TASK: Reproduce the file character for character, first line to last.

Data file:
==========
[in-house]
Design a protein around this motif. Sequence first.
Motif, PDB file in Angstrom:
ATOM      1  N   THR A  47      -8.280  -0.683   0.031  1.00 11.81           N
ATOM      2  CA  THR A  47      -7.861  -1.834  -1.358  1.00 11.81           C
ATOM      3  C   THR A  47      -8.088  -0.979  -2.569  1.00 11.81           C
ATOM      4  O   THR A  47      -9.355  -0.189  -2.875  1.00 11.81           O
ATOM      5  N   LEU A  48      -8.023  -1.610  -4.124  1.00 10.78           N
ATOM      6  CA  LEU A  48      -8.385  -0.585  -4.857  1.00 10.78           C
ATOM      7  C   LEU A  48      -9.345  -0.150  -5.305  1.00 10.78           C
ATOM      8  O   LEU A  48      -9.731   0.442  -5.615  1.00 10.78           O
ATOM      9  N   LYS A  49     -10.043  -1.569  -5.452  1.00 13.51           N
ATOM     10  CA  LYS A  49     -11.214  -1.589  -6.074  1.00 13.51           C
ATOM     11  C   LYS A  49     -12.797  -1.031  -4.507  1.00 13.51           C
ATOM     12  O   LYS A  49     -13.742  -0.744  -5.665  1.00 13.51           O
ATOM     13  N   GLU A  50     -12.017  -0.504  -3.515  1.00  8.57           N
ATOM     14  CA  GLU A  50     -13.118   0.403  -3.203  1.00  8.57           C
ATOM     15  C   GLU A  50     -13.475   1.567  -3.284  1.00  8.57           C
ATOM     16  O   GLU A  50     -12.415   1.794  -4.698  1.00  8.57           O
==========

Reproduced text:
[in-house]
Design a protein around this motif. Sequence first.
Motif, PDB file in Angstrom:
ATOM      1  N   THR A  47      -8.280  -0.683   0.031  1.00 11.81           N
ATOM      2  CA  THR A  47      -7.861  -1.834  -1.358  1.00 11.81           C
ATOM      3  C   THR A  47      -8.088  -0.979  -2.569  1.00 11.81           C
ATOM      4  O   THR A  47      -9.355  -0.189  -2.875  1.00 11.81           O
ATOM      5  N   LEU A  48      -8.023  -1.610  -4.124  1.00 10.78           N
ATOM      6  CA  LEU A  48      -8.385  -0.585  -4.857  1.00 10.78           C
ATOM      7  C   LEU A  48      -9.345  -0.150  -5.305  1.00 10.78           C
ATOM      8  O   LEU A  48      -9.731   0.442  -5.615  1.00 10.78           O
ATOM      9  N   LYS A  49     -10.043  -1.569  -5.452  1.00 13.51           N
ATOM     10  CA  LYS A  49     -11.214  -1.589  -6.074  1.00 13.51           C
ATOM     11  C   LYS A  49     -12.797  -1.031  -4.507  1.00 13.51           C
ATOM     12  O   LYS A  49     -13.742  -0.744  -5.665  1.00 13.51           O
ATOM     13  N   GLU A  50     -12.017  -0.504  -3.515  1.00  8.57           N
ATOM     14  CA  GLU A  50     -13.118   0.403  -3.203  1.00  8.57           C
ATOM     15  C   GLU A  50     -13.475   1.567  -3.284  1.00  8.57           C
ATOM     16  O   GLU A  50     -12.415   1.794  -4.698  1.00  8.57           O